What is flu? Flu is a viral infection of the respiratory tract (nose, throat, lungs). Every year seasonal flu appears in our community and kills more children than all the vaccine preventable diseases combined. There are many strains of the flu virus.
What are the symptoms of flu? The main symptoms are fever (usually over 100.5 F) and cough, sore throat, runny nose. Other common symptoms are feeling tired, muscle aches and pains, headaches, drop in appetite and activity level, and some people have vomiting and diarrhea. The fever can last 3-5 days; the runny nose 1- 2 weeks and cough 2-3 weeks.
What is the difference between the flu and a cold? Both flu and a cold can cause runny nose and cough; however fever is always present with the flu, the onset of symptoms is more abrupt and symptoms are more severe. The fever with the flu can last 3-5 days. Usually a fever (<100.5 F) with a cold will go away in a day or two.
What is H1N1 (Swine Flu)? H1N1 is a strain of flu that presented in the spring of 2009. Currently, this strain causes the same symptoms as the regular "seasonal" flu strains.
How is flu spread and how can I protect myself? The flu virus (seasonal and H1N1) is spread mainly from person to person through coughing or sneezing. Touching something with flu viruses on it and then touching their mouth or nose may infect sometimes people. Covering your cough and sneezes, frequently washing your hands with soap and water, keeping your hands away from your eyes, nose and mouth, and avoiding contact with sick people are the best ways to prevent the spread of the virus. A person is contagious from 1 day prior to 7 days after the fever starts. After exposure, a person will likely come down with the seasonal flu in 1-3 days and the H1N1 flu in 4-6 days.
Who is "high risk"? In general, people are mildly ill with the flu for 5-7 days and get better on their own; however for some people the flu virus can cause more severe illness. Complications can include pneumonia, respiratory distress, dehydration, Reye's syndrome, myositis (muscle pain) encephalitis (brain infection), myocarditis (heart infection), and in rare cases death. Infants and children less than 5 years of age, the elderly (65 years +), and pregnant women are at higher risk for complications from the seasonal flu. Other high risk patients include those with heart problems, asthma, diabetes, chronic lung disease, neurologic diseases, muscle diseases, sickle cell disease, kidney disease, cancer, immunosuppression, HIV and diseases requiring long term aspirin therapy such as Rheumatoid arthritis or Kawasaki disease. The H1N1strain appears to be affecting younger patients (under 24 years old). In addition pregnant women, infants and children less than 2 years of age are more susceptible to it. Other high-risk patients are the same as for seasonal flu.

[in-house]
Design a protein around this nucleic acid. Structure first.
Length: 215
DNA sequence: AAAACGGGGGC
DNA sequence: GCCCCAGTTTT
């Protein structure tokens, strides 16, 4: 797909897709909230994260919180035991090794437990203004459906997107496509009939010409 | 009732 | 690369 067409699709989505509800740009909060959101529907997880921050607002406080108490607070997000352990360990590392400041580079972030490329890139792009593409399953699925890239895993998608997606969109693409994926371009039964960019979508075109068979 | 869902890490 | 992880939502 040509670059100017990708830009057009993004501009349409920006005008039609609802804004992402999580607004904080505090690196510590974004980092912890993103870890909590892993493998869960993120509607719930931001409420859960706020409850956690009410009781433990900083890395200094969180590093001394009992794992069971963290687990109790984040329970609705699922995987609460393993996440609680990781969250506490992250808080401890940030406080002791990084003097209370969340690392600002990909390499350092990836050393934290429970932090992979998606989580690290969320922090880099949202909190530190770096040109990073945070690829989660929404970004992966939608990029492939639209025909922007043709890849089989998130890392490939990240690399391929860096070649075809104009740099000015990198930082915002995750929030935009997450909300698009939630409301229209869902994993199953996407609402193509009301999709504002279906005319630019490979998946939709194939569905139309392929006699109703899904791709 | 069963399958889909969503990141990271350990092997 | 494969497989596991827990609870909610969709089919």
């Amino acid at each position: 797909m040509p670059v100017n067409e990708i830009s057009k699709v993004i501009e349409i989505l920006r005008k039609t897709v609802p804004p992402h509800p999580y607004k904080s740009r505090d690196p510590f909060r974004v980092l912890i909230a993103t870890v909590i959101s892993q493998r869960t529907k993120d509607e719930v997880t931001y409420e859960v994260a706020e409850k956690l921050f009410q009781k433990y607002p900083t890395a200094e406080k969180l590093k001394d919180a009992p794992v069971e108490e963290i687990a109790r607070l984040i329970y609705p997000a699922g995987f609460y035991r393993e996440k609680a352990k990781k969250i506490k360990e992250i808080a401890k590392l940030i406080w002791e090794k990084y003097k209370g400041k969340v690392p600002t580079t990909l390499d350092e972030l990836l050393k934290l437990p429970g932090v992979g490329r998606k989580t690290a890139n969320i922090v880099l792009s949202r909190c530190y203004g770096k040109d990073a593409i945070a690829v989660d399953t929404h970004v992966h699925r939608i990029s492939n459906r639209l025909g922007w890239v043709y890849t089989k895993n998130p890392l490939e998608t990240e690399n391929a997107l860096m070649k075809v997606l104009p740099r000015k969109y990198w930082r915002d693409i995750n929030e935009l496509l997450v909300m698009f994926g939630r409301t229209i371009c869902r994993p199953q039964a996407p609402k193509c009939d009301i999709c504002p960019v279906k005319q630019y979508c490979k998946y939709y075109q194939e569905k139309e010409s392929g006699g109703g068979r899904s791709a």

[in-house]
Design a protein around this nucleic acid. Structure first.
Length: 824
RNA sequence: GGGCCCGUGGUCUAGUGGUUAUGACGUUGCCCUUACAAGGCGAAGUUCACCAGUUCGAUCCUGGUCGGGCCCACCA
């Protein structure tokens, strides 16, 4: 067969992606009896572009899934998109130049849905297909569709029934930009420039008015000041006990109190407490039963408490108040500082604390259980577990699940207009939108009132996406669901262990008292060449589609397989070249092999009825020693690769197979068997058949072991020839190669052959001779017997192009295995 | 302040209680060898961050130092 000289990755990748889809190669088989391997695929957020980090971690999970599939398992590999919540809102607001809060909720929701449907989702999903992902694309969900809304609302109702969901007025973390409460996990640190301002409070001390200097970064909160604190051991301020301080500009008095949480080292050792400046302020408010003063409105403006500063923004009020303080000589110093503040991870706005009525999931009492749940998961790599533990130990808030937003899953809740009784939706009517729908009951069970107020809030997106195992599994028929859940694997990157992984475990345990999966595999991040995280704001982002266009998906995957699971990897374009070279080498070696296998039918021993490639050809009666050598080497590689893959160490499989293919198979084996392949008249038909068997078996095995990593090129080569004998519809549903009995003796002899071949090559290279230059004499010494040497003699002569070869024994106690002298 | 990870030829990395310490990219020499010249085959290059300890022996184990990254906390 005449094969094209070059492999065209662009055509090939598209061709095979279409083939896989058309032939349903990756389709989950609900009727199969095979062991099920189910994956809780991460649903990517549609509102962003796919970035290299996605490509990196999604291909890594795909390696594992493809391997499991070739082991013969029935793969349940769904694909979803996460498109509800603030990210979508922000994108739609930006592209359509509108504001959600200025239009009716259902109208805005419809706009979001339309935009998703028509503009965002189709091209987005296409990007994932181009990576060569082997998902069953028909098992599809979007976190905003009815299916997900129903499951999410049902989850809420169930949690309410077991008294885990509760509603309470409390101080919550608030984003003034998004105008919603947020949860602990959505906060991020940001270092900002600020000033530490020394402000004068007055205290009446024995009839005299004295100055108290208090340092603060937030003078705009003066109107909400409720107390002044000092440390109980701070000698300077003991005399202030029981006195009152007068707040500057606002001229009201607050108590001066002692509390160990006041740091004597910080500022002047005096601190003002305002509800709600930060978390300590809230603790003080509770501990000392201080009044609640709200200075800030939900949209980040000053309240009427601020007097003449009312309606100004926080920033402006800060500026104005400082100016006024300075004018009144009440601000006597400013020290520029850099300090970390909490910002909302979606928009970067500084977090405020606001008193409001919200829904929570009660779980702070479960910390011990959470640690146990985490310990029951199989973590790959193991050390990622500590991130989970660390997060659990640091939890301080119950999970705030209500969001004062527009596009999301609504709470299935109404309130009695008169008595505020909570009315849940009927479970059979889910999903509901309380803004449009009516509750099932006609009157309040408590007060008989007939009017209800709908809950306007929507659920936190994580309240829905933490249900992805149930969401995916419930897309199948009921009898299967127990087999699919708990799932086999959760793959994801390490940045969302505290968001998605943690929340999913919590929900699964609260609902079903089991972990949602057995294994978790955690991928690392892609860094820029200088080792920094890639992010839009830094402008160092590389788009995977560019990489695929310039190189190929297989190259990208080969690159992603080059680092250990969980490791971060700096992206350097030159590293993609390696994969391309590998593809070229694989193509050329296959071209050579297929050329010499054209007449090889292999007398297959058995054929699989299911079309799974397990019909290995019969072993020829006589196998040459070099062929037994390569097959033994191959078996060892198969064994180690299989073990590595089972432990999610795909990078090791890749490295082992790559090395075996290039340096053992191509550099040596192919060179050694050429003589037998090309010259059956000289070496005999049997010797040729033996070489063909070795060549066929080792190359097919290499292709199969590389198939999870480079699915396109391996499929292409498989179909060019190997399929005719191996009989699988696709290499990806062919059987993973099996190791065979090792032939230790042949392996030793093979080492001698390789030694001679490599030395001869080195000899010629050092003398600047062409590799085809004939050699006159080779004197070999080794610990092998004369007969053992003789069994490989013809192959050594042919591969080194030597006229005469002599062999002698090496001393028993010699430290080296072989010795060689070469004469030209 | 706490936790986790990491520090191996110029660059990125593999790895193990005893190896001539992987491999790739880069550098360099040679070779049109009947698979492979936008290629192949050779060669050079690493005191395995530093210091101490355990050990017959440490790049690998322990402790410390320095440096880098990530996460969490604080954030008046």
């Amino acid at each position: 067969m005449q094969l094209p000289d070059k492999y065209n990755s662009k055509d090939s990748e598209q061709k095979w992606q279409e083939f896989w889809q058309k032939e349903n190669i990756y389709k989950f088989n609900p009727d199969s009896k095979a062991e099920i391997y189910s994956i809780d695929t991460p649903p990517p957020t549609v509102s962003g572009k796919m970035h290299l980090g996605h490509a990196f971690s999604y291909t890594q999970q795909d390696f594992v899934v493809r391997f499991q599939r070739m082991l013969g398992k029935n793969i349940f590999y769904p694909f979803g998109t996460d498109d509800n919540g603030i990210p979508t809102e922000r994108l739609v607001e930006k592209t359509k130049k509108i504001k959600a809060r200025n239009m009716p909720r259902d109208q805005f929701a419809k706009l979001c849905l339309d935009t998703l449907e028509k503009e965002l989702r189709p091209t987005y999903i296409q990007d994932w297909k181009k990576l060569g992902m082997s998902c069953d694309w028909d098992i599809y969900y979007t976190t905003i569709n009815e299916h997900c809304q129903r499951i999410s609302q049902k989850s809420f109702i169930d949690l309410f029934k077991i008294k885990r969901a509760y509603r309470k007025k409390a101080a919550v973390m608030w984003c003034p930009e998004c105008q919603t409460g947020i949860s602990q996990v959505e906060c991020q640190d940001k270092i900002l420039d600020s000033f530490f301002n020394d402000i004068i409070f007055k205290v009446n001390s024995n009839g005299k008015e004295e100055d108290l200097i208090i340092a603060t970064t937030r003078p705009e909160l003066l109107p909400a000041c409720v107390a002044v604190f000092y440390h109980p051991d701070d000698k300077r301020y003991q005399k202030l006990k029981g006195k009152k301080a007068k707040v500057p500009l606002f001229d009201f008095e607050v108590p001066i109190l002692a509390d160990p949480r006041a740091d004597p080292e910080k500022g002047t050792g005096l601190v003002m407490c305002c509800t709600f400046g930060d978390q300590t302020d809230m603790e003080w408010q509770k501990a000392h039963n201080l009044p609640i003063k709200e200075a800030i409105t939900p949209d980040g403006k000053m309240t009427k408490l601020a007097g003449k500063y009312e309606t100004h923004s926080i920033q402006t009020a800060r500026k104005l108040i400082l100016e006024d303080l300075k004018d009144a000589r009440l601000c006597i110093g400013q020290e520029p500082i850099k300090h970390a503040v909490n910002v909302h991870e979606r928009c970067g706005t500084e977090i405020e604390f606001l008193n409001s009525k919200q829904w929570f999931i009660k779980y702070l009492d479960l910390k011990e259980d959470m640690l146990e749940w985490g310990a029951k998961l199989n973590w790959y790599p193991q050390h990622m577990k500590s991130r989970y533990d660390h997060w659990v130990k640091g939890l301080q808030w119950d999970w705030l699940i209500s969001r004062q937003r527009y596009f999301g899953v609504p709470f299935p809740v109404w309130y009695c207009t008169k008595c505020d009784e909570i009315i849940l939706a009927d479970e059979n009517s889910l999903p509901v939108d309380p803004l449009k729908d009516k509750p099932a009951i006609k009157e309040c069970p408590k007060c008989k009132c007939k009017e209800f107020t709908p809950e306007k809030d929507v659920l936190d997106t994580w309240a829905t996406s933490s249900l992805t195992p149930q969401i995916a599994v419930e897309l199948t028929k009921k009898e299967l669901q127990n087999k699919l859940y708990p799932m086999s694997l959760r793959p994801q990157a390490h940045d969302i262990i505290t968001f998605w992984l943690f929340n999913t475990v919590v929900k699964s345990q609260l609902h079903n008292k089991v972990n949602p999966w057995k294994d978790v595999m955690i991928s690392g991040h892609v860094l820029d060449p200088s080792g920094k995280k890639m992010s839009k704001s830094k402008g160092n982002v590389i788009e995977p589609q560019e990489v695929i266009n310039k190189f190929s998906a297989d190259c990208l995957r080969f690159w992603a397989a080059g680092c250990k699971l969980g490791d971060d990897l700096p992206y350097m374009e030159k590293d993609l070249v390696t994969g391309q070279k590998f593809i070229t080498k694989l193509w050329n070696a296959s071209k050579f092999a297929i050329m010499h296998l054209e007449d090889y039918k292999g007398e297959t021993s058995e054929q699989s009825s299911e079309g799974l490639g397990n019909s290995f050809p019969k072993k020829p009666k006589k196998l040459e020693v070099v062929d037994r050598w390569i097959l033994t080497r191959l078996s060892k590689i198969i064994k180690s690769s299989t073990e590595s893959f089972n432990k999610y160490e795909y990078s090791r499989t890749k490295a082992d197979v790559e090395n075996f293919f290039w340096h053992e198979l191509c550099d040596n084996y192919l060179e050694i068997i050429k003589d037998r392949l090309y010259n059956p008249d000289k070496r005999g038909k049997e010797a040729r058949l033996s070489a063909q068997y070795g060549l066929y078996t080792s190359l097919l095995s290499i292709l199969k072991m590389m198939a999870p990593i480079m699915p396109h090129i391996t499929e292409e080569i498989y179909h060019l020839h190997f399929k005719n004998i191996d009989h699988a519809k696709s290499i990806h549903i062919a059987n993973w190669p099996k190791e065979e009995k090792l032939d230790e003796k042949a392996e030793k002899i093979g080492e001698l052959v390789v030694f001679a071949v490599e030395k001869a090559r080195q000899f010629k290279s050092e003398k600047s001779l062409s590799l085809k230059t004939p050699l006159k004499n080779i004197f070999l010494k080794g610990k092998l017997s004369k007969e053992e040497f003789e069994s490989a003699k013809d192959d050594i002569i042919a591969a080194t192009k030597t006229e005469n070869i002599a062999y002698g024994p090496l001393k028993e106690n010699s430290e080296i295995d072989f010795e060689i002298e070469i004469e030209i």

Which children should get the flu vaccine? What about the H1N1 Vaccine? Seasonal Flu vaccine: All children aged 6 months - 18 years H1N1 Vaccine: When available, this vaccine is recommended for children and young adults (6 months - 24 years of age). Household contacts and out of home caregivers of children less than 6 months of age should be vaccinated as well. Pregnant women, as well as children and adults who are considered high risk should also receive the vaccine.
How is flu treated? Do Antibiotics work? Since the flu is a virus, antibiotics will not cure the flu or shorten the course of the illness, nor will they prevent the complications of the flu. Antibiotics are only used for patients who have secondary bacterial infections. Antiviral medications (i.e. Tamiflu, Relenza, Amantadine, Rimantadine) are indicated for treatment and prevention of flu in HIGH-RISK patients only (please see above). For best results, antivirals need to be started within 48 hours of the onset of fever. These medicines are not used for everyone because they can have serious side effects, and overuse of them will cause resistance. Some resistance to H1N1 has already been reported. Symptomatic treatment involves pushing fluids, and administering acetaminophen (Tylenol) or Ibuprofen (Motrin, Advil) for fever and aches/pains for patients 6 months and older. Cold medications are not recommended. Use of saline (salt water - a ½ tsp of salt in 8 oz purified water) nasal wash and suction may help. For children over age 5, throat lozenges may be used.
When can my child return to day care or school? Stay home from day care, school, or work for at least 24 hours after the fever is gone.
When should my child be seen? All HIGH-RISK patients who have symptoms of flu should be seen. Most children will tolerate the flu very well. However, your child should be seen if your child has the following symptoms:
Fever higher than 100.5 (if less than 3 months of age)
Acting ill with fever at any age; fever of 105 or higher when less than 3 years old
Fever that goes away over 24 hours and then returns